Zhao Hongyin (899-956) was a military general in Imperial China's Five Dynasties and Ten Kingdoms period.
Zhao Ying, courtesy name Yuanhui (元輝), was an official of the Chinese Five Dynasties and Ten Kingdoms Period states Later Tang and Later Jin, serving as a chancellor during Later Jin.
The san yan chong was a three barrel hand cannon used in the Ming dynasty.
The che dian chong is a breech-loading, cartridge-using musket invented by Zhao Shizhen (趙士禎) during the Ming dynasty for the dynasty's arsenals. Like all early breech loading fireams, gas leakage was a limitation and danger present in the weapon's mechanism.
Zhongjunjiang or Jiangzhongjun was the military leader and the prime minister of the ancient Chinese state of Jin. Literally, the word Zhongjunjiang means "General of central army". The post originally was named "Situ" (司徒). Zhongjunjiang was also known as "Jiangjun" (將軍), "Dazheng" and "Yuanshuai" (元帥). Since Zhao Dun's term as Zhongjunjiang, the post's jurisdiction was widened and its holder automatically obtains the regency of Jin. Historical evidence also indicate that Zhongjunjiang had the legislative power.
The Ming dynasty continued to improve on gunpowder weapons from the Yuan and Song dynasties. During the early Ming period larger and more cannons were used in warfare. In the early 16th century Turkish and Portuguese breech-loading swivel guns and matchlock firearms were incorporated into the Ming arsenal. In the 17th century Dutch culverin were incorporated as well and became known as hongyipao. At the very end of the Ming dynasty, around 1642, Chinese combined European cannon designs with indigenous casting methods to create composite metal cannons that exemplified the best attributes of both iron and bronze cannons. While firearms never completely displaced the bow and arrow, by the end of the 16th century more firearms than bows were being ordered for production by the government, and no crossbows were mentioned at all.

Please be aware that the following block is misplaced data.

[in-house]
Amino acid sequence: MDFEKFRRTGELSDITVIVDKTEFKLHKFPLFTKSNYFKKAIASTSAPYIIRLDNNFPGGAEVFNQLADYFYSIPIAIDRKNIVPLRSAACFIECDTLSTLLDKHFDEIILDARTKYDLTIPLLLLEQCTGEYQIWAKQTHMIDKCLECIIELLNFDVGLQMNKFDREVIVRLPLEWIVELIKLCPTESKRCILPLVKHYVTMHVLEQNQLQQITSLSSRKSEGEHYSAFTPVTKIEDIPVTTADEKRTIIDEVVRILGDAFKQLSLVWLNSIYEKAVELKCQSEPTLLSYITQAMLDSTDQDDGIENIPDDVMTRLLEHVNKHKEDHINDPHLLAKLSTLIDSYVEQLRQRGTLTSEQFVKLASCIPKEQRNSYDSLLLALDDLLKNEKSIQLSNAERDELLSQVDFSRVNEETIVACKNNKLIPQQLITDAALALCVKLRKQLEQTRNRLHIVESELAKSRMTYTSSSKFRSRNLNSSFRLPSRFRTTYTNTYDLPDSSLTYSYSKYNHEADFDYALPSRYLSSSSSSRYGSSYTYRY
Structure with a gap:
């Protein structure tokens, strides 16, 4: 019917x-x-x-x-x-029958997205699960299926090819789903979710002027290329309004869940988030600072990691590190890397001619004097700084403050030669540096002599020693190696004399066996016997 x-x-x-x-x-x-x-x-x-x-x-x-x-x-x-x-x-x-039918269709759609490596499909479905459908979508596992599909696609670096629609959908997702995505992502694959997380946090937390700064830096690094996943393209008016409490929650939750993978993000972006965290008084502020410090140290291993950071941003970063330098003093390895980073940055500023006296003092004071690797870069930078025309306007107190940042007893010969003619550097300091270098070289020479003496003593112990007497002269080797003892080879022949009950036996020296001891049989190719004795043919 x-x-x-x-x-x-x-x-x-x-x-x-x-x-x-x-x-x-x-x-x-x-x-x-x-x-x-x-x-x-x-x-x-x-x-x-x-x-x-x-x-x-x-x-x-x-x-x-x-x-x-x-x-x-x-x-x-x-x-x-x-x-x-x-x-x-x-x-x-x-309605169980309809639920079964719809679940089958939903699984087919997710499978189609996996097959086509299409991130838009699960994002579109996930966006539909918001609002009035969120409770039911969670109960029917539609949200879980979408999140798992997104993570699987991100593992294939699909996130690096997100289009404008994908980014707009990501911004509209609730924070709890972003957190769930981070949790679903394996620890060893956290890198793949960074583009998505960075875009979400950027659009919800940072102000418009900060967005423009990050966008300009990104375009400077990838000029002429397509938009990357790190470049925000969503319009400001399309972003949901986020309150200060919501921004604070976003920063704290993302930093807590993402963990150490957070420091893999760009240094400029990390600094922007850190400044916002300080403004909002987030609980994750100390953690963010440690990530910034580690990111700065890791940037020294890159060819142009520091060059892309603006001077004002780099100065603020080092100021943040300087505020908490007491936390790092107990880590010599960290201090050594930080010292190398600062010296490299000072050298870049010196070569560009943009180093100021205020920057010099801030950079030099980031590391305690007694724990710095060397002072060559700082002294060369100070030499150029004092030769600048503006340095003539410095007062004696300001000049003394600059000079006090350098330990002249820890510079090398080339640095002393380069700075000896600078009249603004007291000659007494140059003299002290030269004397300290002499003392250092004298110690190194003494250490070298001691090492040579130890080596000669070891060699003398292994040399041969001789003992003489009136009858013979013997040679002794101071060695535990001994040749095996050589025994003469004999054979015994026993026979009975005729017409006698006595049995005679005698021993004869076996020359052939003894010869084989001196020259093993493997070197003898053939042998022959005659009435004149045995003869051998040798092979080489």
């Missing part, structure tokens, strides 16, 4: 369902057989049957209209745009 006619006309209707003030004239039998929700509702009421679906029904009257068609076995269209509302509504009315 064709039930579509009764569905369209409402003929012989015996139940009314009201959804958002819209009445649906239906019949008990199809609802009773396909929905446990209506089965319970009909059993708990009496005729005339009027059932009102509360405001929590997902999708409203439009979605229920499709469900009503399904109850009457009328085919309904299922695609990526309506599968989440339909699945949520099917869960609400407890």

The three most common types of Chinese polearms are the ge (戈), qiang (槍), and ji (戟). They are translated into English as dagger-axe, spear, and halberd. Dagger-axes were originally a short slashing weapon with a 0.9 to 1.8 m long shaft, but around the 4th century BC a spearhead was added to the blade, and it became a halberd. The spear is also sometimes called a mao (矛), which is sometimes used to designate polearms with a wavy snake-like spearhead. There was another polearm weapon known as the pi (鈹), translated into English as either sword-staff or long lance, that was used from ancient times until the Han dynasty. It was essentially a short sword attached to a stick. From the Warring States period onward, the length of Chinese polearms varied from around 2.8 m to 5.5 m, however there is no specific designation for a pike in the traditional Chinese lexicon. A very long spear is just called a long spear.
The military history of the Song dynasty encompasses military activity of the Han Chinese state of Song from 960 AD with the overthrow of Later Zhou until 1279 AD when China was conquered by the Mongol-led Yuan dynasty.
Li Ju, courtesy name Shihui, was a Chinese military general and warlord of the Jin dynasty (266–420). He was a wuzhu (塢主) during the Han Zhao conquest of northern China who took in fleeing refugees and held semi-autonomous control over his territory. With his nephew Guo Song and fellow wuzhu Guo Mo, Li traded blows with Han Zhao and Later Zhao near the Luoyang region, even managing to occupy the ancient capital for a brief period since its fall in 311. However, he had little support from the court in Jiankang and his position was being increasingly challenged as the barbarians continued to eliminate Jin's northern vassals. After a string of defeats in 324, he was forced to abandon his base and retreat to Jiankang, during which he died in a horse riding accident in 325.